Heart Attack


Heart attacks are a leading killer of both men and women in the United States. The good news is that excellent treatments are available for heart attacks. These treatments can save lives and prevent disabilities.

Heart attack treatment works best when it's given right after symptoms occur.

Act Fast

The signs and symptoms of a heart attack can develop suddenly. However, they also can develop slowly—sometimes within hours, days, or weeks of a heart attack.

Know the warning signs of a heart attack so you can act fast to get treatment for yourself or someone else. The sooner you get emergency help, the less damage your heart will sustain.

Call 9–1–1 for an ambulance right away if you think you or someone else may be having a heart attack. You also should call for help if your chest pain doesn't go away as it usually does when you take medicine prescribed for angina.

Treatment May Start Right Away

Treatment for a heart attack may begin in the ambulance or in the emergency department and continue in a special area of the hospital called a coronary care unit.

Do not drive to the hospital or let someone else drive you. Call an ambulance so that medical personnel can begin life-saving treatment on the way to the emergency room.

Restoring Blood Flow to the Heart

The coronary care unit is specially equipped with monitors that continuously monitor your vital signs. These include

In the hospital, if you have had or are having a heart attack, doctors will work quickly to restore blood flow to your heart and continuously monitor your vital signs to detect and treat complications.

Restoring blood flow to the heart can prevent or limit damage to the heart muscle and help prevent another heart attack. Doctors may use clot-busting drugs called thrombolytics and procedures such as angioplasty.

Drug Treatments

Many medications are used to treat heart attacks. They include beta blockers, ACE inhibitors, nitrates, anticoagulants, antiplatelet medications, and medications to relieve pain and anxiety.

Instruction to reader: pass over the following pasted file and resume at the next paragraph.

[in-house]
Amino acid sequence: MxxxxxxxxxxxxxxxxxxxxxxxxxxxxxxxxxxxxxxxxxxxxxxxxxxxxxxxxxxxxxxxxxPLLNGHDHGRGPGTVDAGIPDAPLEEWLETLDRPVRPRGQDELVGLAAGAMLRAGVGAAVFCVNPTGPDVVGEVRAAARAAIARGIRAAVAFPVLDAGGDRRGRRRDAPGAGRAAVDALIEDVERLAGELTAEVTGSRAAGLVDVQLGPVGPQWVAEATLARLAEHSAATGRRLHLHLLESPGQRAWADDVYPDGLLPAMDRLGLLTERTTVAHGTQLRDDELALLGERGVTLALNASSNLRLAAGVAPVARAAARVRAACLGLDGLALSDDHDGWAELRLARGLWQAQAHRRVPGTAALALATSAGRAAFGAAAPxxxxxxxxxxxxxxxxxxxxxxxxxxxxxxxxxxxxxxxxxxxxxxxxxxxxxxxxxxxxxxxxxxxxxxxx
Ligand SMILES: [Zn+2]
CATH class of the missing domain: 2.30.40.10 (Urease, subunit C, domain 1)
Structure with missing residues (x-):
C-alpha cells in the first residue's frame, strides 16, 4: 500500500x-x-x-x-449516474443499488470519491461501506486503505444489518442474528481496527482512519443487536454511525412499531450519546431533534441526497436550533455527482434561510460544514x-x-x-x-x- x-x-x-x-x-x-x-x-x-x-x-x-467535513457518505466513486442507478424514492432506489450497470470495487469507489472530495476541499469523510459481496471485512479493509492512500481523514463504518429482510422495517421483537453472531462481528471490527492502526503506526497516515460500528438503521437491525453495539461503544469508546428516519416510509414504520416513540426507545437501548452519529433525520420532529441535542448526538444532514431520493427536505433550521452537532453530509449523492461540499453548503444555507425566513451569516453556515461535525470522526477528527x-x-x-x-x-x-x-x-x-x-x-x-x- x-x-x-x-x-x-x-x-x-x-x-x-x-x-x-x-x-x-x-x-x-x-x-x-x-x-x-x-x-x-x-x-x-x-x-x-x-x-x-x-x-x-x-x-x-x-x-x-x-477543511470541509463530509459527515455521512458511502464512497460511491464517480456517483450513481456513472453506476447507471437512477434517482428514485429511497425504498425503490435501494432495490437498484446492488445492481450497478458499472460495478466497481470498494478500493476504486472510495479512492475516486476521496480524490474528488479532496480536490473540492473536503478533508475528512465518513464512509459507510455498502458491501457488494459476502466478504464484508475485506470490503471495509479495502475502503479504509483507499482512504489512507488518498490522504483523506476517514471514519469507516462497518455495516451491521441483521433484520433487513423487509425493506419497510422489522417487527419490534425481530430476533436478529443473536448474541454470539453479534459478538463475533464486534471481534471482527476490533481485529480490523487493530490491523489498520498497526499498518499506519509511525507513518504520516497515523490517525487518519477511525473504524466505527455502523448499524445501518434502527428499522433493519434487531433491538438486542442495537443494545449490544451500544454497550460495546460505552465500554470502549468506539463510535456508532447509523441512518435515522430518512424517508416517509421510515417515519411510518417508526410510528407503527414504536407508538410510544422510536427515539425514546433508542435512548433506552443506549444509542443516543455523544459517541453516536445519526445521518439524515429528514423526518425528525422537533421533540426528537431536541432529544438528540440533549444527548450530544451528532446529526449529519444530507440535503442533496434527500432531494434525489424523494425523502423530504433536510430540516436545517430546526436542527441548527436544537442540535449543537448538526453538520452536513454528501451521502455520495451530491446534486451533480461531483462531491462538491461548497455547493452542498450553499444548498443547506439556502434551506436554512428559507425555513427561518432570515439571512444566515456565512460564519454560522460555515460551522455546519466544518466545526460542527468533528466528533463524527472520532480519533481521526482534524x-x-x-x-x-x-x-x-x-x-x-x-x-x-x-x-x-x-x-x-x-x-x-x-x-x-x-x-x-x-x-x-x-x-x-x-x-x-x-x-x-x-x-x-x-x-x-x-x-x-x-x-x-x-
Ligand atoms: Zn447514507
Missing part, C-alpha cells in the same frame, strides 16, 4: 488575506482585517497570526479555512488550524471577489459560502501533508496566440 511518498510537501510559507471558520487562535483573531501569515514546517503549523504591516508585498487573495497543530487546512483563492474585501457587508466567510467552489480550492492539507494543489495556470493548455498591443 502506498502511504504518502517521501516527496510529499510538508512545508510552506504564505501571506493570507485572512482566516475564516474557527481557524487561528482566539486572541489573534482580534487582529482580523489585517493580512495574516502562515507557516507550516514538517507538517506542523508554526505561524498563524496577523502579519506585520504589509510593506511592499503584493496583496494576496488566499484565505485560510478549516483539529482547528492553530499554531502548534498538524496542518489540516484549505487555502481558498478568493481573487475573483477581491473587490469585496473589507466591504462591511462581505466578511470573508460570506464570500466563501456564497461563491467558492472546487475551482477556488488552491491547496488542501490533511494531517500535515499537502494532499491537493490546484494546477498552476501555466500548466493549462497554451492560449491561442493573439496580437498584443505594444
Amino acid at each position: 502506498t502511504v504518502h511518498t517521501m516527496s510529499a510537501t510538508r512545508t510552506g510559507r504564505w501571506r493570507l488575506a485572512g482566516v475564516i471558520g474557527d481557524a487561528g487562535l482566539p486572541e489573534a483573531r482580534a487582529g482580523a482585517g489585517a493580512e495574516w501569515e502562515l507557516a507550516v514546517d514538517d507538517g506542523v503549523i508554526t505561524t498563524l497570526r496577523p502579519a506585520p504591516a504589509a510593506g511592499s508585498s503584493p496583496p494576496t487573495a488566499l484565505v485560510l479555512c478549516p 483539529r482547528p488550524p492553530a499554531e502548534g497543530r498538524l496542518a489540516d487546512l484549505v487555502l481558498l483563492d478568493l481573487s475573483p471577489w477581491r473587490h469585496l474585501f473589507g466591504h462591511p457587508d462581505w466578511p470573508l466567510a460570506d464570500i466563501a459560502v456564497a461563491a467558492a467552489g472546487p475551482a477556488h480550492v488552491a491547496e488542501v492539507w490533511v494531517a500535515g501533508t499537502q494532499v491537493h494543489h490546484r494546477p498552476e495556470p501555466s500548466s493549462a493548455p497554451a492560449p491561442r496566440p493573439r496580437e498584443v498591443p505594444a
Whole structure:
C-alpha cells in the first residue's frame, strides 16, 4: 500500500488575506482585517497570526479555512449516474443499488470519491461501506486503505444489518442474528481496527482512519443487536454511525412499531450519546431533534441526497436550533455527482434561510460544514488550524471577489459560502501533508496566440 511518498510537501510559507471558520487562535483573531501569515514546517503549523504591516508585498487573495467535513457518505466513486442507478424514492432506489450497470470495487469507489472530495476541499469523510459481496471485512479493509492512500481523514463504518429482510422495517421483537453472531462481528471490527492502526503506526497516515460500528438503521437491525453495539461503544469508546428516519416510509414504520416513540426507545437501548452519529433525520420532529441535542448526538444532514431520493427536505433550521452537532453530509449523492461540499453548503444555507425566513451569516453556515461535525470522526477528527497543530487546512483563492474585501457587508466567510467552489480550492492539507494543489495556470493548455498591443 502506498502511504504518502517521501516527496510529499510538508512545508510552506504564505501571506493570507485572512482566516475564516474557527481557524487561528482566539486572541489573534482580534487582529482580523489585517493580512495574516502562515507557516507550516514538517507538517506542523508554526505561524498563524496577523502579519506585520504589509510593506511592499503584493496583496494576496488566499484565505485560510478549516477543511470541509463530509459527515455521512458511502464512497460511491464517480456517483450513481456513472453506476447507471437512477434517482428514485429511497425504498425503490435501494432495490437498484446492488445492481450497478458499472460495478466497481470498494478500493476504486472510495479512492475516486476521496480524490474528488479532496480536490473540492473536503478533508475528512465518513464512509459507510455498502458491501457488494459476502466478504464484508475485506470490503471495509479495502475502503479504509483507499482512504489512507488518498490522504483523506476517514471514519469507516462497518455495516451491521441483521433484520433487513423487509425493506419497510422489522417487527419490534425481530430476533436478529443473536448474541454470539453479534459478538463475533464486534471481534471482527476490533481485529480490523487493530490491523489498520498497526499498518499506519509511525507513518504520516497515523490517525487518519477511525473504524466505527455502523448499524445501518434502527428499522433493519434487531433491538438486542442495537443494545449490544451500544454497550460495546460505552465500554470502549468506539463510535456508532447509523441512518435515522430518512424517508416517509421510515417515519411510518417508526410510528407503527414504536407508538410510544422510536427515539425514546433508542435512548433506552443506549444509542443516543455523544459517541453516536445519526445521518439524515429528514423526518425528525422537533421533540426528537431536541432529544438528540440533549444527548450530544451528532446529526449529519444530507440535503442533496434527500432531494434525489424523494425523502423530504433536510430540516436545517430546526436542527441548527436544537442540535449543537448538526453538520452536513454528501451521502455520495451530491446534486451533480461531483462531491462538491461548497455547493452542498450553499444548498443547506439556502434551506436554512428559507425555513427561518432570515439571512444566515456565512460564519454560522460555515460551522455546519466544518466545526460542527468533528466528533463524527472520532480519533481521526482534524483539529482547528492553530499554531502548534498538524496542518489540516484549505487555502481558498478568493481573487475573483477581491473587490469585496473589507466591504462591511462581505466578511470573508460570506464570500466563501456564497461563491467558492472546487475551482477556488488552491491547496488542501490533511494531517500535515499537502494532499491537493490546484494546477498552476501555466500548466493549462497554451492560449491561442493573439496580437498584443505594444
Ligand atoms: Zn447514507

Doctors may also prescribe medications to relieve pain and anxiety, or to treat irregular heart rhythms which often occur during a heart attack.

Echocardiogram and Stress Tests

While you are still in the hospital or after you go home, your doctor may order other tests, such as an echocardiogram. An echocardiogram uses ultrasound to make an image of the heart which can be seen on a video monitor. It shows how well the heart is filling with blood and pumping it to the rest of the body.

Your doctor may also order a stress test to see how well your heart works when it has a heavy workload. You run on a treadmill or pedal a bicycle or receive medicine through a vein in your arm to make your heart work harder. EKG and blood pressure readings are taken before, during, and after the test to see how your heart responds.

Often, an echocardiogram or nuclear scan of the heart is performed before and after exercise or intravenous medication. The test is stopped if chest pain or a very sharp rise or fall in blood pressure occurs. Monitoring continues for 10 to 15 minutes after the test or until your heart rate returns to baseline.